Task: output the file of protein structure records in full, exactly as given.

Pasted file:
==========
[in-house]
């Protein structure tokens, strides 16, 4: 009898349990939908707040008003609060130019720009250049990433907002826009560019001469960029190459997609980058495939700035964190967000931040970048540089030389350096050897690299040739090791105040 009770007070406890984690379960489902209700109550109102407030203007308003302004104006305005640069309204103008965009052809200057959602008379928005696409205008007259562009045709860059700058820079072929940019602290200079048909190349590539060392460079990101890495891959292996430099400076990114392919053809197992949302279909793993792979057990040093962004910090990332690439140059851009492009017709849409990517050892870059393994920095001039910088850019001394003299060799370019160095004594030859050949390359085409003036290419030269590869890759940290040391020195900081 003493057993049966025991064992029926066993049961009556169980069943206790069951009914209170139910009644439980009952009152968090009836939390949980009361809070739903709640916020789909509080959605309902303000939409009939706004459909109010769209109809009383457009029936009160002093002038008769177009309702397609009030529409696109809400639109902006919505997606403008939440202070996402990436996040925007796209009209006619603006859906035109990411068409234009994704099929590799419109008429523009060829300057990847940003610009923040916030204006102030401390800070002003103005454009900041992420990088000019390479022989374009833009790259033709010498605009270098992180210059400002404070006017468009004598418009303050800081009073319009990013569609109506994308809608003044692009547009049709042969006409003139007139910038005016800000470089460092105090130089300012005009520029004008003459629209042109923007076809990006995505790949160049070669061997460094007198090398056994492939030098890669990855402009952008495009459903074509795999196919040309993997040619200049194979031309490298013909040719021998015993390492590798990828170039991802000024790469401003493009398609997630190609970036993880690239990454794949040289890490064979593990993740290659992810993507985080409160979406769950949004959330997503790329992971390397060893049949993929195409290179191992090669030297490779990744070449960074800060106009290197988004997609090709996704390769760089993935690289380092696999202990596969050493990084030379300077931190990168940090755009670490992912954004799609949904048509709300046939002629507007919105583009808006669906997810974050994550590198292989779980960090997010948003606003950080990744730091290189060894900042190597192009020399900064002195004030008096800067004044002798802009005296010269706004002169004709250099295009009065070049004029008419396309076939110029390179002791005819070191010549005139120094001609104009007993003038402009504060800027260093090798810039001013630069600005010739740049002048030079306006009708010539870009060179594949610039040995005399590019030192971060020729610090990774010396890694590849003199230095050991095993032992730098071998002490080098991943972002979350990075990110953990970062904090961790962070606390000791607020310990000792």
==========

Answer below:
[in-house]
């Protein structure tokens, strides 16, 4: 009898349990939908707040008003609060130019720009250049990433907002826009560019001469960029190459997609980058495939700035964190967000931040970048540089030389350096050897690299040739090791105040 009770007070406890984690379960489902209700109550109102407030203007308003302004104006305005640069309204103008965009052809200057959602008379928005696409205008007259562009045709860059700058820079072929940019602290200079048909190349590539060392460079990101890495891959292996430099400076990114392919053809197992949302279909793993792979057990040093962004910090990332690439140059851009492009017709849409990517050892870059393994920095001039910088850019001394003299060799370019160095004594030859050949390359085409003036290419030269590869890759940290040391020195900081 003493057993049966025991064992029926066993049961009556169980069943206790069951009914209170139910009644439980009952009152968090009836939390949980009361809070739903709640916020789909509080959605309902303000939409009939706004459909109010769209109809009383457009029936009160002093002038008769177009309702397609009030529409696109809400639109902006919505997606403008939440202070996402990436996040925007796209009209006619603006859906035109990411068409234009994704099929590799419109008429523009060829300057990847940003610009923040916030204006102030401390800070002003103005454009900041992420990088000019390479022989374009833009790259033709010498605009270098992180210059400002404070006017468009004598418009303050800081009073319009990013569609109506994308809608003044692009547009049709042969006409003139007139910038005016800000470089460092105090130089300012005009520029004008003459629209042109923007076809990006995505790949160049070669061997460094007198090398056994492939030098890669990855402009952008495009459903074509795999196919040309993997040619200049194979031309490298013909040719021998015993390492590798990828170039991802000024790469401003493009398609997630190609970036993880690239990454794949040289890490064979593990993740290659992810993507985080409160979406769950949004959330997503790329992971390397060893049949993929195409290179191992090669030297490779990744070449960074800060106009290197988004997609090709996704390769760089993935690289380092696999202990596969050493990084030379300077931190990168940090755009670490992912954004799609949904048509709300046939002629507007919105583009808006669906997810974050994550590198292989779980960090997010948003606003950080990744730091290189060894900042190597192009020399900064002195004030008096800067004044002798802009005296010269706004002169004709250099295009009065070049004029008419396309076939110029390179002791005819070191010549005139120094001609104009007993003038402009504060800027260093090798810039001013630069600005010739740049002048030079306006009708010539870009060179594949610039040995005399590019030192971060020729610090990774010396890694590849003199230095050991095993032992730098071998002490080098991943972002979350990075990110953990970062904090961790962070606390000791607020310990000792």